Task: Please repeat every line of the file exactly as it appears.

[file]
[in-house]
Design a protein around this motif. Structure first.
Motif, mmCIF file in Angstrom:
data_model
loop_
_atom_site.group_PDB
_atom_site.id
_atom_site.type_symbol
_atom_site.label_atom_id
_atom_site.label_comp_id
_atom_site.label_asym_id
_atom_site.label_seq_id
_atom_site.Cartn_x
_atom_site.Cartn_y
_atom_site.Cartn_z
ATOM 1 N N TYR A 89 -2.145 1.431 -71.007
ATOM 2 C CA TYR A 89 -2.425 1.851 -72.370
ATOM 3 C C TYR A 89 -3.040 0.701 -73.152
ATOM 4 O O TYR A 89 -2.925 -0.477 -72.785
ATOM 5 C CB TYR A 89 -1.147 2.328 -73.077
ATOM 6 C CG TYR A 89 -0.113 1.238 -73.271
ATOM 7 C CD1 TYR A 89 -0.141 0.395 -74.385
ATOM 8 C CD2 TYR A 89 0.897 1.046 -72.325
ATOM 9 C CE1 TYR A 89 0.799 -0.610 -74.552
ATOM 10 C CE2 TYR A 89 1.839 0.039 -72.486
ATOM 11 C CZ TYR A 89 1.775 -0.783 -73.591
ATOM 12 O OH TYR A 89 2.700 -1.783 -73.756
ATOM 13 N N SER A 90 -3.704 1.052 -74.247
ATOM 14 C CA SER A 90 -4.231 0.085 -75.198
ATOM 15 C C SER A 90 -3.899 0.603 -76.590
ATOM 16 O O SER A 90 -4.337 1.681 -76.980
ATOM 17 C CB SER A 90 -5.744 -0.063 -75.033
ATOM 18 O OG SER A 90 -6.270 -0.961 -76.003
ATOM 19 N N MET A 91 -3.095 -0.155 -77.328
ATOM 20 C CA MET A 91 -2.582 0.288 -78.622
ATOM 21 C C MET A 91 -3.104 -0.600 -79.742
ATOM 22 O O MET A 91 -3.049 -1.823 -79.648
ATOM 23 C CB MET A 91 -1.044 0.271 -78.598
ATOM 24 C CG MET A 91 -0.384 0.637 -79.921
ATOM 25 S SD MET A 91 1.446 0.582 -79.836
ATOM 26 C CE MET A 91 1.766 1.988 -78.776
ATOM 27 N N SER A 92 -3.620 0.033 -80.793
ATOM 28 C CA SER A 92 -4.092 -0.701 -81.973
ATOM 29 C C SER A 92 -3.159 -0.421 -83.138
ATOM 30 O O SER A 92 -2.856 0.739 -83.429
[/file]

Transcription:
[in-house]
Design a protein around this motif. Structure first.
Motif, mmCIF file in Angstrom:
data_model
loop_
_atom_site.group_PDB
_atom_site.id
_atom_site.type_symbol
_atom_site.label_atom_id
_atom_site.label_comp_id
_atom_site.label_asym_id
_atom_site.label_seq_id
_atom_site.Cartn_x
_atom_site.Cartn_y
_atom_site.Cartn_z
ATOM 1 N N TYR A 89 -2.145 1.431 -71.007
ATOM 2 C CA TYR A 89 -2.425 1.851 -72.370
ATOM 3 C C TYR A 89 -3.040 0.701 -73.152
ATOM 4 O O TYR A 89 -2.925 -0.477 -72.785
ATOM 5 C CB TYR A 89 -1.147 2.328 -73.077
ATOM 6 C CG TYR A 89 -0.113 1.238 -73.271
ATOM 7 C CD1 TYR A 89 -0.141 0.395 -74.385
ATOM 8 C CD2 TYR A 89 0.897 1.046 -72.325
ATOM 9 C CE1 TYR A 89 0.799 -0.610 -74.552
ATOM 10 C CE2 TYR A 89 1.839 0.039 -72.486
ATOM 11 C CZ TYR A 89 1.775 -0.783 -73.591
ATOM 12 O OH TYR A 89 2.700 -1.783 -73.756
ATOM 13 N N SER A 90 -3.704 1.052 -74.247
ATOM 14 C CA SER A 90 -4.231 0.085 -75.198
ATOM 15 C C SER A 90 -3.899 0.603 -76.590
ATOM 16 O O SER A 90 -4.337 1.681 -76.980
ATOM 17 C CB SER A 90 -5.744 -0.063 -75.033
ATOM 18 O OG SER A 90 -6.270 -0.961 -76.003
ATOM 19 N N MET A 91 -3.095 -0.155 -77.328
ATOM 20 C CA MET A 91 -2.582 0.288 -78.622
ATOM 21 C C MET A 91 -3.104 -0.600 -79.742
ATOM 22 O O MET A 91 -3.049 -1.823 -79.648
ATOM 23 C CB MET A 91 -1.044 0.271 -78.598
ATOM 24 C CG MET A 91 -0.384 0.637 -79.921
ATOM 25 S SD MET A 91 1.446 0.582 -79.836
ATOM 26 C CE MET A 91 1.766 1.988 -78.776
ATOM 27 N N SER A 92 -3.620 0.033 -80.793
ATOM 28 C CA SER A 92 -4.092 -0.701 -81.973
ATOM 29 C C SER A 92 -3.159 -0.421 -83.138
ATOM 30 O O SER A 92 -2.856 0.739 -83.429